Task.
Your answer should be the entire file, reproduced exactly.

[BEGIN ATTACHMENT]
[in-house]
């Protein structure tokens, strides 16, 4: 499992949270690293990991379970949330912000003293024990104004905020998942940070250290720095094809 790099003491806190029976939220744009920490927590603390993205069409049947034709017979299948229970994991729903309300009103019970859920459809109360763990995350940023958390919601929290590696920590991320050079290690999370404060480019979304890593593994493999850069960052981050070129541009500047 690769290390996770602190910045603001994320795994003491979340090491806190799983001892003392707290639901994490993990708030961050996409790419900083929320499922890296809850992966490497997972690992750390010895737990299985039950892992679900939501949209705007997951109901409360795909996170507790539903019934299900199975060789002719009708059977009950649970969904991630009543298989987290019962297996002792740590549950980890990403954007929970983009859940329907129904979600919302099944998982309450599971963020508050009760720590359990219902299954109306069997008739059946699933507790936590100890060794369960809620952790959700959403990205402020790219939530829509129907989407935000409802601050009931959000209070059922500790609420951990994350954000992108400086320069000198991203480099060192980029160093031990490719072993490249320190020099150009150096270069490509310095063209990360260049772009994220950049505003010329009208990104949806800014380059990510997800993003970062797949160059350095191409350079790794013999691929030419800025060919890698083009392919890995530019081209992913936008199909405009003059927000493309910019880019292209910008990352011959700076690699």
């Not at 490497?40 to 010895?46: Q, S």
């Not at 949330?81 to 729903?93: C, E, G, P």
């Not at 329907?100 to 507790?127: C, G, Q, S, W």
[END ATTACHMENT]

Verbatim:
[in-house]
């Protein structure tokens, strides 16, 4: 499992949270690293990991379970949330912000003293024990104004905020998942940070250290720095094809 790099003491806190029976939220744009920490927590603390993205069409049947034709017979299948229970994991729903309300009103019970859920459809109360763990995350940023958390919601929290590696920590991320050079290690999370404060480019979304890593593994493999850069960052981050070129541009500047 690769290390996770602190910045603001994320795994003491979340090491806190799983001892003392707290639901994490993990708030961050996409790419900083929320499922890296809850992966490497997972690992750390010895737990299985039950892992679900939501949209705007997951109901409360795909996170507790539903019934299900199975060789002719009708059977009950649970969904991630009543298989987290019962297996002792740590549950980890990403954007929970983009859940329907129904979600919302099944998982309450599971963020508050009760720590359990219902299954109306069997008739059946699933507790936590100890060794369960809620952790959700959403990205402020790219939530829509129907989407935000409802601050009931959000209070059922500790609420951990994350954000992108400086320069000198991203480099060192980029160093031990490719072993490249320190020099150009150096270069490509310095063209990360260049772009994220950049505003010329009208990104949806800014380059990510997800993003970062797949160059350095191409350079790794013999691929030419800025060919890698083009392919890995530019081209992913936008199909405009003059927000493309910019880019292209910008990352011959700076690699």
């Not at 490497?40 to 010895?46: Q, S």
């Not at 949330?81 to 729903?93: C, E, G, P």
């Not at 329907?100 to 507790?127: C, G, Q, S, W």